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The Book Thief by Markus Zusak

The Book Thief by Markus Zusak


The Book Thief is one of those rare books that is more than able to sing its own praises, beating any critic keen to muscle in. After a four year stay on The New York Times Best Seller List, the book went to film in 2013, receiving Academy Award, Golden Globe and BAFTA nominations. It's debatable whether the beauty of the book transfers to screen - any adaptation would be hard pressed to match Zusak's incredible talent as a writer.


The Book Thief is the tale of Liesel, a German orphan sent to live with foster parents just as The Second World War beckons. The novel is narrated by Death, personified as a human being rather than a skeleton in a cape. Even though I found grim reaper narration grating at first – Death is careless with spoilers, they litter the book as freely as the bodies he collects – I soon settled into Zusak's strange, intriguing style.
From Liesel's reluctant arrival at the Hubermann house, to her meeting her childhood best friend, to her visits to the mayor's house, to her dangerous, loveable visitor... the plot is tense, to say the least. If you're after a book that will literally have you groaning in agony at the end of every chapter, you're on the right path.

The characters are warm, rich and very much alive: most especially Hans Hubermann, Liesel's twinkling foster father, with his accordion, soothing voice and silver eyes. Even Rosa, his blustering wife, is far from the caricature she could be. She's simply a permanently irritable woman who just happens to attack her child with a wooden spoon every now and then.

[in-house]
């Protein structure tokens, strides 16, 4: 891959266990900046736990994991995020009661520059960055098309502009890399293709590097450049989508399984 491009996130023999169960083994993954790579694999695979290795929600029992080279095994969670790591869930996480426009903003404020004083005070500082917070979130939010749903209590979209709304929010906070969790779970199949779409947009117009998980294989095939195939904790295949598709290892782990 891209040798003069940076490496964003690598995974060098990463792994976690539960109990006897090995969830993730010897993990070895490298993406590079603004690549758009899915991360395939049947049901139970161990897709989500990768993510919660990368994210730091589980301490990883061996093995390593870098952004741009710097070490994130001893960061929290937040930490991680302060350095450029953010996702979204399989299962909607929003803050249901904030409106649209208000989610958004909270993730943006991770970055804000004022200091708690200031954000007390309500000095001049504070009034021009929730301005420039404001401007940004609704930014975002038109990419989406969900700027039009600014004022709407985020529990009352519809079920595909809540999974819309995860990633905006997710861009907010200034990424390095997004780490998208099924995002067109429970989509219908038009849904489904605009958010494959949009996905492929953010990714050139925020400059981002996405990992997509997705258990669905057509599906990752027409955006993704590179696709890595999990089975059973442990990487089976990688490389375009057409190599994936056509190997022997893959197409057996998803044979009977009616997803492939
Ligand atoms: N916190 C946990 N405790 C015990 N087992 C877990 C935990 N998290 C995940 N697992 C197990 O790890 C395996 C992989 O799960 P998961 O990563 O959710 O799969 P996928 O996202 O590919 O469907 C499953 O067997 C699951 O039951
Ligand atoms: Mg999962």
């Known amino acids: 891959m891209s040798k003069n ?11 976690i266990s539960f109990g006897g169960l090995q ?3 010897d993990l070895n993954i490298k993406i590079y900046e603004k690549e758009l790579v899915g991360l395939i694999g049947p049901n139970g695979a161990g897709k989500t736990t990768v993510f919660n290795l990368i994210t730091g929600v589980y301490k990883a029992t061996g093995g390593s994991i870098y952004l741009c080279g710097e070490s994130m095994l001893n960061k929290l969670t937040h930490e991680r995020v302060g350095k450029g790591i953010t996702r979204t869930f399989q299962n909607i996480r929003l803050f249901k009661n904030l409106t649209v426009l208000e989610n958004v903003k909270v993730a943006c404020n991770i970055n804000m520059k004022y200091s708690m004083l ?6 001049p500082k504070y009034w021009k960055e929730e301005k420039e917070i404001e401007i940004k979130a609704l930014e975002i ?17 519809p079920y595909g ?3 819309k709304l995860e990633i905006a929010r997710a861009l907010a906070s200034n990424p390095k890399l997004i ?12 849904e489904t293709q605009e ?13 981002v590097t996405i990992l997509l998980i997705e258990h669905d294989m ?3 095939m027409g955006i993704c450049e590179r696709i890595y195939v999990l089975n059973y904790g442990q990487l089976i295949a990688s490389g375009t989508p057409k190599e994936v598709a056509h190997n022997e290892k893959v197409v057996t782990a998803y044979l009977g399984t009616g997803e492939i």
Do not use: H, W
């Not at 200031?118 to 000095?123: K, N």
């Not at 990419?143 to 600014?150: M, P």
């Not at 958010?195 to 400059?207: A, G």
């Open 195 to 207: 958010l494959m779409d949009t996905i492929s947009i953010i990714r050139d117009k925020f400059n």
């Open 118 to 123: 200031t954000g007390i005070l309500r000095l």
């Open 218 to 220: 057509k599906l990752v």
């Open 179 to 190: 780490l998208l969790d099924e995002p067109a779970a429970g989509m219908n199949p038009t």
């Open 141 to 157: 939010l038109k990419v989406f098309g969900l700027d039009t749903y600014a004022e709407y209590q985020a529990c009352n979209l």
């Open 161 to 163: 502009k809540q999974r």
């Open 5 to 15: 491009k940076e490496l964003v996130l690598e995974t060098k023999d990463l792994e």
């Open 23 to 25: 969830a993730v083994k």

Every character Zusak introduces catches the attention of the reader and makes a strong impression. Rudy, Liesel's childhood best friend and one of her many equals in spirit and bravery, is characterised by bright yellow hair and a love of thievery. Their adventures, ranging from football in the street to leaving bread for starving Jews, add a touch of innocence in a novel that is otherwise very dark. These characters remind us that good is present even in times of extreme evil.

What's most bewitching is the portrayal of 1940s Nazi Germany. Vivid and terrifying, you are with Liesel, you are with Death. With the story's strange narrator, you see everything through the eyes of the unbiased, and it is unforgettable.


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